In the blockbuster tradition of Diana Gabaldon, award-winning author Glenna McReynolds makes her stunning hardcover debut with a wondrous and wholly original tale. Shimmering with breathtaking romance, fantasy, and adventure, The Chalice and the Blade sweeps you into a rare world of ancient magic, fierce passion, and evil intention--a world that once entered will not soon be forgotten.
The place is twelfth-century Wales, a land of forbidding castles and ferocious knights, sacred prophecies and unholy betrayals. In the bowels of the earth, deep in the caverns below the towers of Carn Merioneth, dragon nests await the arrival of one who holds the key to an ancient legacy.
She is Ceridwen, daughter of a Druid priestess, unaware of her immense power--until fate leads her from the safety of a secluded abbey into the unbreachable tower of a feared sorcerer. Dain Lavrans knows he has no magic in himself, only the secrets of medicine he uncovered while a soldier in the Crusades. But with the appearance of Ceridwen, he will finally behold true--and terrifying--magic.
For there are many who seek the maiden, none for her own good and all meaning to use her. Carodoc, the dreaded warlord whose father slaughtered her people and left her orphaned, wants her as his bride so he can claim the riches rumored to lie beneath Carn Merioneth. Helebore, a depraved ex-monk once sentenced to death for his sins, wants her blood so he can unlock the dark mystery of time. Rhuddlan, leader of the wild folk of the woods, wants her to take her rightful place as decreed by ancient prophecy. Dain simply wants the ethereal Ceri, for himself alone. Now a battle of epic proportion is about to take place. And at the center of the clash of power stand Ceridwen and Dain, struggling to escape the dangers and snares set by friend and foe alike, while discovering that neither can resist the love that promises to bind them forever.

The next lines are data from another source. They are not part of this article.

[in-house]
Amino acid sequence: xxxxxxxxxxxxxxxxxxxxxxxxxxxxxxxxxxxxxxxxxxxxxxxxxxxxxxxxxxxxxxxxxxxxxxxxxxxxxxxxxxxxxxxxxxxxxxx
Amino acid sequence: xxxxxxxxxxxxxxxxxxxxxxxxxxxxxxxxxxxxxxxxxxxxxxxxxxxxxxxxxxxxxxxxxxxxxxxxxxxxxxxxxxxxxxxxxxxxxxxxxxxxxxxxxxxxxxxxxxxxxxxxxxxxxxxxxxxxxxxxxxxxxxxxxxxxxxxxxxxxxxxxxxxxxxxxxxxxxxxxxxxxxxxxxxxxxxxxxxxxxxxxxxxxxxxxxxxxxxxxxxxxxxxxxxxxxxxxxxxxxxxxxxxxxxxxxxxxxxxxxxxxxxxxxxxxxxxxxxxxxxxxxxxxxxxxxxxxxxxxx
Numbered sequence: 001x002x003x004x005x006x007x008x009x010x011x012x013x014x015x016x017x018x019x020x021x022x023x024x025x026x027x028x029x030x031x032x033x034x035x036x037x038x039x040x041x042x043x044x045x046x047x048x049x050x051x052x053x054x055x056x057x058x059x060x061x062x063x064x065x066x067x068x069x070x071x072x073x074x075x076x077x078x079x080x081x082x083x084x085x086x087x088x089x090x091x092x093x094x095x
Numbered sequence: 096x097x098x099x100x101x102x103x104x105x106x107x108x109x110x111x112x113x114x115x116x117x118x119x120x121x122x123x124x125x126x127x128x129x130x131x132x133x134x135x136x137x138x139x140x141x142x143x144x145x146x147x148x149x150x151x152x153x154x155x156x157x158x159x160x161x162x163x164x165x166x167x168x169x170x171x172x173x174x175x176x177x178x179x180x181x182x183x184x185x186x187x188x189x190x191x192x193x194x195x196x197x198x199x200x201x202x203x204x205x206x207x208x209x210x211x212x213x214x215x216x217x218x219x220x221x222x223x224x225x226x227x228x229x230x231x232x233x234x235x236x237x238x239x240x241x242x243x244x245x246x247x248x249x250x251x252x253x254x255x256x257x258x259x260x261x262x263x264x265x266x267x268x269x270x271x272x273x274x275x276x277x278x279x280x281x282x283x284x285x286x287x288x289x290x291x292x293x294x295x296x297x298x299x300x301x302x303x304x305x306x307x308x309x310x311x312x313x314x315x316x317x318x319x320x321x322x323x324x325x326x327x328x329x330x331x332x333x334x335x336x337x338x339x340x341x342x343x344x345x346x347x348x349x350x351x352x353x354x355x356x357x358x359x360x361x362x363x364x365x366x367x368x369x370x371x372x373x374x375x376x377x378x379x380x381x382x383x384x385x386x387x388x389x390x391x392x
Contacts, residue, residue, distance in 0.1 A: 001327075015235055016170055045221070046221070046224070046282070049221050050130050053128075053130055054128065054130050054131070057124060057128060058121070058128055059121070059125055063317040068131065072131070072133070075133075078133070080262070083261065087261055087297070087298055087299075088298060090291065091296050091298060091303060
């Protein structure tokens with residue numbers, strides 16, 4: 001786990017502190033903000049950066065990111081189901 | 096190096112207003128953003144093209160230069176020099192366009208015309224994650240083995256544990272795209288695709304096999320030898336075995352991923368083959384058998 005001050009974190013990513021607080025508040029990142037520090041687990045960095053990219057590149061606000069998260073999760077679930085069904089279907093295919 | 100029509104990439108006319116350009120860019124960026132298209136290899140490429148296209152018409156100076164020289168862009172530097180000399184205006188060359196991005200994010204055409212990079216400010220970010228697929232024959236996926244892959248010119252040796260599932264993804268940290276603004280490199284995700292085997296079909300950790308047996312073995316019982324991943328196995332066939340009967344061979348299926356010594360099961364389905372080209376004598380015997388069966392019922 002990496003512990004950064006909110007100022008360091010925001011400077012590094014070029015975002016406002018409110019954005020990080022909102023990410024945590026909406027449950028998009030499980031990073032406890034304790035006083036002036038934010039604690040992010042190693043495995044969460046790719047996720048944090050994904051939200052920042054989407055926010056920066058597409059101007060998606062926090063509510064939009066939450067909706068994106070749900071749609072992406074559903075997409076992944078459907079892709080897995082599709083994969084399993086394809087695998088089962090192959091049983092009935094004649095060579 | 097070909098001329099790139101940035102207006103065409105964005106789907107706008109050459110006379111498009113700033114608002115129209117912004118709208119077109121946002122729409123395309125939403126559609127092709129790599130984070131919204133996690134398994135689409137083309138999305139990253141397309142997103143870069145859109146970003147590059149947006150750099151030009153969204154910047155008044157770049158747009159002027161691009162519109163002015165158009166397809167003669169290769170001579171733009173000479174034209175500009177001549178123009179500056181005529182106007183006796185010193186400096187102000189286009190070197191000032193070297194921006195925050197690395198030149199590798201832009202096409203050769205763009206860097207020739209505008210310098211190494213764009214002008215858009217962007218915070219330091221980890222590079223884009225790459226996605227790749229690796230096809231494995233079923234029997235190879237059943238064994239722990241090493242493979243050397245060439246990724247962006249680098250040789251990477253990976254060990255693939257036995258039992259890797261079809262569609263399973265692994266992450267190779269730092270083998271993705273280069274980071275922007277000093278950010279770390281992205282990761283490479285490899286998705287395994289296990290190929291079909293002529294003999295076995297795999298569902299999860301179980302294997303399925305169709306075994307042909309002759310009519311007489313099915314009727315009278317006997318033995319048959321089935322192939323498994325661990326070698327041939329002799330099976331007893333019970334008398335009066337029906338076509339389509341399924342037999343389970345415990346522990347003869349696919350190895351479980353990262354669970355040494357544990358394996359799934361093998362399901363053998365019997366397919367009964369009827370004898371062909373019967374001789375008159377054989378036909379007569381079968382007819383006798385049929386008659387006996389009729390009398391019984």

Weaving a spell of fantastical imagination and the all-too-human world of passion and evil, The Chalice and the Blade is unique and unforgettable, a sumptuous novel by one of today's most stirring storytellers.
|Publisher:||Random House Publishing Group|
|Edition description:||BANTAM PBK|
|Product dimensions:||4.50(w) x 7.00(h) x 0.50(d)|
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Catch the knife, Ceri." The smile turned sly. "If you dare."
She looked at the dagger, and Dain tossed it higher than before, making it spin in the air. Sunlight burst upon the blade and blazed along the sharp edge from hilt to point, but only for an instant. Quicker than not, the whole of it fell into shadow, then completed its next arc and caught the light once more.
He had dared her to put her hand into that dangerous whirl and snatch the blade before it could fall back into his hand. She wished she did dare.
He had cheated her. Not while playing his damned game of chess, but that they played it at all when there was so much else for them to do. She had less than a fortnight to glean what knowledge she could from him. They should be in his lower chamber, concocting magic potions for her to use.
She watched the knife flip hilt over point and wondered when a person should make her move, if she was going to try for the Damascene.
"If I catch it, can I keep it?" she asked, her gaze not leaving the dagger. Every flight of the blade was like the last, the rise, the hilt over point flip, the instant of stillness at the top, then the descent.
"Yes," he promised, "but only if you do not cut yourself in the catching of it."
Aye, there was always a trick with him.
She watched and waited, biding her time and calculating her chances. 'Twas a good knife, and she needed a good knife. The thought of escape had been growing ever stronger in her mind. With the return of her health, she had no reason to stay unless he taught her something besides chess, and she had many reasons to leave.